Building a name for yourself, improving your relationships with potential employers, and setting yourself up for long term growth. All of these are important to candidates in any field. But how do you accomplish these goals? How do you set yourself up for strategic career moves? What must you realize before you can get the most out of your career?
Ninety percent of the super-successful say that an equity position is necessary for business success, versus fewer than half of the average person. More importantly, 80 percent of “business brilliant” people say they already have an equity stake in their work. Just 10 percent of the middle-class have an equity position of any kind, and the vast majority (70 percent) say they’re not even trying to get one.
Related: 2014 Compensation Trends
Your career has equity. Recognize it and start to determine how to use it to your advantage. Inventory your assets as a professional and determine who is willing to pay top-dollar for them. If you don’t have valuable skills sets that are in-demand, start acquiring some.
About 90 percent of “business brilliant” individuals say they are always trying to grab an edge, compared with just about 40 percent of the middle-class. Gaining even small advantages in a series of deals can have a cumulative effect on your wealth, but since most people aren’t even looking for one, they’re that much more likely to end up on the disadvantaged side of every deal.
You must negotiate with employers. Don’t take what is given to you without a discussion. An employer is a business who is always looking for the best deal. You need to do the same. Learn to effectively negotiate pay, perks, and other benefits so you feel good about the partnership. You don’t work “for” an employer – you work “with” an employer.
Getting wealthy usually means you’ve taken an ordinary idea and executed it exceptionally well. That’s what 9 in 10 “business brilliant” people believe. Most other people, though, think that wealth requires a big, new idea. Unfortunately for them, big ideas are rare and risky. Too many people are waiting on the sidelines for the perfect big idea to come along, while the most successful people have jumped in the game, and busily honed their skills at execution.
Remember that doing things well is more important than doing new things. Get focused on building your expertise and understanding how you are the aspirin to an employer’s pain. You must be great at a few things, rather than okay at a bunch of things.
David Ogilvy said “If each of us hires people who are smaller than we are, we shall become a company of dwarfs. But if each of us hires people who are bigger than we are, we shall become a company of giants.” What does this mean to your career growth? With whom you work?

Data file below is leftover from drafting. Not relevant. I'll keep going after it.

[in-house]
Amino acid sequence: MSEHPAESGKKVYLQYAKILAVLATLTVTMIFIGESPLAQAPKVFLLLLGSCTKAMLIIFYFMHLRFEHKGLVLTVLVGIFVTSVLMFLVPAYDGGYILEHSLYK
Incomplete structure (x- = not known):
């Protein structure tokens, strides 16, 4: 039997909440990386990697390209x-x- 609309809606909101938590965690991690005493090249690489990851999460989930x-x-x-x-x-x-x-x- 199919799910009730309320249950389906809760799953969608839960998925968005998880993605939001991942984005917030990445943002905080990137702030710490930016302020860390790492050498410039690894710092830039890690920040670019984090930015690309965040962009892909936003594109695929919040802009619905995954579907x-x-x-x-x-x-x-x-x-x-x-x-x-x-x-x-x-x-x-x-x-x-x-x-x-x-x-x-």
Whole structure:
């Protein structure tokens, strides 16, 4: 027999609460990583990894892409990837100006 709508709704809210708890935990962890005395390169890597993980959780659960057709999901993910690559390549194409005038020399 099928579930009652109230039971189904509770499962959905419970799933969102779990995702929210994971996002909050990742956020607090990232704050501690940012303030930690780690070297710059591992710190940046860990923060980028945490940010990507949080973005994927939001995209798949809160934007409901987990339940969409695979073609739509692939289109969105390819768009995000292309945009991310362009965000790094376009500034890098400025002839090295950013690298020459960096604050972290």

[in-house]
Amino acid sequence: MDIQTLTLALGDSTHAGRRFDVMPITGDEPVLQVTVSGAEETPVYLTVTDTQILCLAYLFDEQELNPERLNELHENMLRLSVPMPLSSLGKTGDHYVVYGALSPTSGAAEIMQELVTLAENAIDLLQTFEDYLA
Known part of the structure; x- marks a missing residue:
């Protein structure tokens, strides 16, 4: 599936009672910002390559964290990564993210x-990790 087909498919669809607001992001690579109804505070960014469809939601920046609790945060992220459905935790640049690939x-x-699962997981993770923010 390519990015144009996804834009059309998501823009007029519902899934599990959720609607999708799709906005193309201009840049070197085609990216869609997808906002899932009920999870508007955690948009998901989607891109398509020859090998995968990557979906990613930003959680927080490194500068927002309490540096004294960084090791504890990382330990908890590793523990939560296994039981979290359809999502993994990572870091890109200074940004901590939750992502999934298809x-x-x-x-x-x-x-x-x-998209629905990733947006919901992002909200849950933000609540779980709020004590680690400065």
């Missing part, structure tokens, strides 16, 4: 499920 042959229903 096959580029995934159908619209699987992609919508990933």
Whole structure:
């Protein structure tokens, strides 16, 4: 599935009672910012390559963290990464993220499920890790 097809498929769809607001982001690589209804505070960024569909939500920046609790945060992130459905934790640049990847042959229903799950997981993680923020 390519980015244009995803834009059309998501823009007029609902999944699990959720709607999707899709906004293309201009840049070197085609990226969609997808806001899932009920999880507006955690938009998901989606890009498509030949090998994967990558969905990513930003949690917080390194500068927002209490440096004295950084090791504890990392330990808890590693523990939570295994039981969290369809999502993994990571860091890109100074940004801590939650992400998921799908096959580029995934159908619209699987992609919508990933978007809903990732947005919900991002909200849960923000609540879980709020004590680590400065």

Exceptional execution requires those who are business brilliant to focus on the two or three things they do very well. So they get their work done by building teams with complementary capabilities. Surveys show that most people, though, would rather learn to do tasks they’re bad at than get others to do them.
If you’re dependent on other talented employees, you’d best know what makes those talented people tick. That’s the belief of about seven in 10 people in my “business brilliant” cohort, compared with fewer than 20 percent of the middle-class. My survey suggests that your willingness and desire to really get to know and understand your business associates is a sure marker of success–and one that most people don’t have.
Want to do better in your career? Try not to being so self-centered. It’s not about your needs and wants. Instead, focus on the needs, wants, and business objectives of the people you are partnering with. You’ll be able to offer more value and get more in return if you do. They are your customer. Exceed their expectations and you’ll have them eating out of your hand.
The “business brilliant” know that bad deals, like bad marriages, can be painful–and costly. So if the deal on the table isn’t right, 71 percent say they have no problem cutting bait and moving on. Only about 22 percent of the middle-class say the same. Most people are willing to take their chances on deals that don’t seem right from the start, even though it’s less risky to walk away.
Get yourself in a financial position that enables you to quit a job and survive without income for one year. Having the security of savings will give you the power to make the best decisions for your business-of-one.
Those who are “business brilliant” have, on average, more failures than members of the middle-class. But they use those failures to help them succeed on the next attempt. Just 17 percent of the middle-class say they learn from their failures in this way, which is really a shame. Everything worth trying contains an element of risk, after all. If you fall on your face, you might as well learn from the experience to help you succeed on your next try.
Related: 5 Tips for Bridging the Skills Gap
There is no real failure. We experience, learn, and grow. Stop playing it safe and start embracing your fear. As the old saying goes, “Life begins where your comfort zone ends.” You will not survive and thrive in your career if you don’t constantly learn new things. Making mistakes teaches us what not to do. That’s a good thing! Stop worrying about what others think and start worrying about what will happen if you don’t take control.
The Overture Group supports your growth. As a leading executive search firm specializing in finding the right person at the right time, we draw on a long history of success through our four key principles: Experience, Knowledge, Leadership, and Partnership. Read through our presentation and learn what benefits an Overture Search has for you. We invite you to connect with us on LinkedIn and follow us on Twitter (@Overture_Group)